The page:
Whether you have been married 50 days or 50 years, money is likely a source of friction between you and your spouse at times. This is especially true if one spouse is a spender and the other one is a saver. Spouses with children don’t have to worry about who has the checkbook when a child needs money for lunch or school activities. Separate bank accounts may seem like an attractive option, but is a joint bank account the best option for your marriage?
The Case for a Joint Account
To some, having a joint account indicates you trust your spouse. You aren’t worried they’ll drain the bank account one day to run off with someone else. Once you have established trust, you can begin working toward common financial goals. You can budget the money together, determine how much you will save, and plan your savings goals.
Another perspective: Most of us have heard horror stories about a spouse running off with all of the family savings. Or a husband may trust his wife to handle to family finances only to discover she is not paying the bills and his home is in foreclosure. If you feel like there is trouble in your marriage, you may want to consider getting your own bank account, even if you had a joint account for many years.
The Case for Separate Accounts
A lack of trust is not the only reason why you would want to keep a separate bank account. One spouse may have poor credit and wants to protect the other one by keeping the finances separate. A couple could choose to use one spouse’s account to pay bills and the other account for entertainment and savings. Or a spouse may just choose to have their own account for no particular reason.
Some couples who cannot agree on finances have multiple accounts. This can work several ways.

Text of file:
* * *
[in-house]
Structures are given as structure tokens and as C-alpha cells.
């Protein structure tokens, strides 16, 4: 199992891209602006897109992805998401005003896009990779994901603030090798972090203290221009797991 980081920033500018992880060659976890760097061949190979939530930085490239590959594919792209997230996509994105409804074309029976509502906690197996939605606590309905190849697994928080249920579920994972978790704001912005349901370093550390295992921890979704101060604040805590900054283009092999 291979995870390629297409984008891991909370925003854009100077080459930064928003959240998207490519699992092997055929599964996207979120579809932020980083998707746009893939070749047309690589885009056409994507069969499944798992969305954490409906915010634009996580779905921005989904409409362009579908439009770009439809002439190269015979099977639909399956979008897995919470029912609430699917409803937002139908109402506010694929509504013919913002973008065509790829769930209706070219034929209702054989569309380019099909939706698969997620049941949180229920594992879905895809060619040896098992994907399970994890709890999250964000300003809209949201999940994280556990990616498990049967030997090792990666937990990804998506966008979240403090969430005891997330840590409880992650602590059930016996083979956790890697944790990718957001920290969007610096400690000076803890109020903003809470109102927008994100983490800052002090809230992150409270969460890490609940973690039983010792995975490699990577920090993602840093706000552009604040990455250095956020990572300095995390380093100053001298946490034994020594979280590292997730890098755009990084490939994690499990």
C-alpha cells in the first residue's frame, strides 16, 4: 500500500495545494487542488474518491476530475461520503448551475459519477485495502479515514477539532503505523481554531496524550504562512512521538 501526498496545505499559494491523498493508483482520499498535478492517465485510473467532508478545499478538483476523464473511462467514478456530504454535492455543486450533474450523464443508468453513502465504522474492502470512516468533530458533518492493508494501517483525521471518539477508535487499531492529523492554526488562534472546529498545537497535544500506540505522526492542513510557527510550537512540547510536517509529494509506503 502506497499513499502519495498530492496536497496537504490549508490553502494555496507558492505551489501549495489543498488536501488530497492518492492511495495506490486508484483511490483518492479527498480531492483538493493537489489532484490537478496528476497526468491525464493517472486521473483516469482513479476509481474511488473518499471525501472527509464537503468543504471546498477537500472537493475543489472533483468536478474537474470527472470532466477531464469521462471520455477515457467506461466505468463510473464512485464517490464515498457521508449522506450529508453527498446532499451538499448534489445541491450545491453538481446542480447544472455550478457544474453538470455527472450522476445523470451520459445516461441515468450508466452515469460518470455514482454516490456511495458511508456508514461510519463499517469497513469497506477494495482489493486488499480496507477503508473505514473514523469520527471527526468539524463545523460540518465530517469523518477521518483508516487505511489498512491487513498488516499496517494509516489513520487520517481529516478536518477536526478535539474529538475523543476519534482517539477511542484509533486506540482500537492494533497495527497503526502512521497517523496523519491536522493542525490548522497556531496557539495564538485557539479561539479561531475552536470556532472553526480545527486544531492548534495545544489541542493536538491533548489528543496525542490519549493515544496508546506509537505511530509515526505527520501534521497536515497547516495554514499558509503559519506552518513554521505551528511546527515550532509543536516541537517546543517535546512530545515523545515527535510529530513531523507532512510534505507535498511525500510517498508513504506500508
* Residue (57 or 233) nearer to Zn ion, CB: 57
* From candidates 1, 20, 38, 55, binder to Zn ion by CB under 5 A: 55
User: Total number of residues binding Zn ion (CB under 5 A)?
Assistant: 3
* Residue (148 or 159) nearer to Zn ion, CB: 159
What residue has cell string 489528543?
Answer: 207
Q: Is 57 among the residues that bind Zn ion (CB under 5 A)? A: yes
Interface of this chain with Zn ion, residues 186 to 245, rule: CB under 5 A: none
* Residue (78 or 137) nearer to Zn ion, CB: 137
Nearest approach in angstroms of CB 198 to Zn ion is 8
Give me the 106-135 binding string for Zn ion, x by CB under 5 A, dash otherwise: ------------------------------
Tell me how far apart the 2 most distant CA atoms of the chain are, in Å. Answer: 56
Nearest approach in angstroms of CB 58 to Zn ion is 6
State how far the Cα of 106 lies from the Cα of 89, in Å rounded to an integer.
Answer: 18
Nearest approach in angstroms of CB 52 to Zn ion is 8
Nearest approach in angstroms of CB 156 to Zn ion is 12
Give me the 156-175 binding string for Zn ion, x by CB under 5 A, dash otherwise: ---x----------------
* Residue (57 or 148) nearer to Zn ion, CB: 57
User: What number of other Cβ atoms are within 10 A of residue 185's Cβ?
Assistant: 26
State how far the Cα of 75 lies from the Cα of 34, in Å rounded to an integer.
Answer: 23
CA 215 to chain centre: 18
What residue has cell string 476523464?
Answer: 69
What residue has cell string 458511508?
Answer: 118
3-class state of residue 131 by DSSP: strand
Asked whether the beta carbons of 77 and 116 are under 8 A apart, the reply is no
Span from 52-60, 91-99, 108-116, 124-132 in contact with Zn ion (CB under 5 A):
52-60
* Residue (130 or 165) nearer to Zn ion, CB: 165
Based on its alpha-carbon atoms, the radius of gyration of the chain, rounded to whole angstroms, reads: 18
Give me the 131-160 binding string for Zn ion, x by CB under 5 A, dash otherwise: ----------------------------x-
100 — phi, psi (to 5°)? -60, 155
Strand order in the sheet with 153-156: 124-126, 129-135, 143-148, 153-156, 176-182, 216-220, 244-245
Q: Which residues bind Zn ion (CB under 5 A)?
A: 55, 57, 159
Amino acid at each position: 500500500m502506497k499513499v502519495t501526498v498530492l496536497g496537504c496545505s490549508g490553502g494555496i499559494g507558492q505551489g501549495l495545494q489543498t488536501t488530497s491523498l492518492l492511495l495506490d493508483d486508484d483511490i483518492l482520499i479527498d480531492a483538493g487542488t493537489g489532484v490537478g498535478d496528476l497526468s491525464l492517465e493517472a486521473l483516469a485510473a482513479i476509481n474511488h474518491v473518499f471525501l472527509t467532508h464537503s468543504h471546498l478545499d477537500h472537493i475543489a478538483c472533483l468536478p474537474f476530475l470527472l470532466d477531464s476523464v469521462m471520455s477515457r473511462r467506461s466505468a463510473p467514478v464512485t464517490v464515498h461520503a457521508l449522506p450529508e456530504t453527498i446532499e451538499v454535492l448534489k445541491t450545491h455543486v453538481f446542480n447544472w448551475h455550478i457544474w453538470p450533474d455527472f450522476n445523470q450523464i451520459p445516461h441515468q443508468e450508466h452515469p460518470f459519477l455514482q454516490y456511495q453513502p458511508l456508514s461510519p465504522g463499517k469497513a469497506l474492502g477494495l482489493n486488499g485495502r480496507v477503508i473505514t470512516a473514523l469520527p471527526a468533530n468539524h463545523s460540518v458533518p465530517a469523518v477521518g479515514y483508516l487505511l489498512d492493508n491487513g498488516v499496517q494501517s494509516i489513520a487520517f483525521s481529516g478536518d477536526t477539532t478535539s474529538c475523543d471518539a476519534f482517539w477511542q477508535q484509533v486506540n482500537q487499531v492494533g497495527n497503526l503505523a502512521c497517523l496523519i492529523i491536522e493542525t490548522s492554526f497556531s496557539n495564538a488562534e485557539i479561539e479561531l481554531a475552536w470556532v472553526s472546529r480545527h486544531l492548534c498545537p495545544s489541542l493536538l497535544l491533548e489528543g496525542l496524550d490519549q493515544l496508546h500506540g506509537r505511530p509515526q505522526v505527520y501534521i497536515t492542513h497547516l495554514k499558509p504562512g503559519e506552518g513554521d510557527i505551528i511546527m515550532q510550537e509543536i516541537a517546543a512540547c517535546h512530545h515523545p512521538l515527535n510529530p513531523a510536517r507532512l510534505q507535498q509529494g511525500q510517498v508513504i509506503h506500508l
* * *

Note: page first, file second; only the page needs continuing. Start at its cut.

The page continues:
- A couple can each have their own account to pay their personal bills such as credit cards, and for their expenses such as clothing or entertainment. The couple can also have a joint checking account that pays for household bills and expenses. Spouses don’t often bring home the same amount of money. The percentages or another arrangement between the couple determines the spouses’ contribution.
- A couple will continue to have separate checking accounts, but will have a joint savings account. Each couple will make regular contributions.
- Some couples may have joint checking and savings accounts, but one spouse may have a credit card in his or her name only. This could be a credit card for emergencies only, or by a spouse who often travels on business.
Deciding What Is Best for You
Every couple is different and has different needs, so there is no magic formula for determining how to manage finances. Work together to establish financial goals. Consider the costs of separate accounts versus a joint account. Make the decision that is right for your marriage.
Do you have a separate banking account from your spouse? Tell us about it in the comments.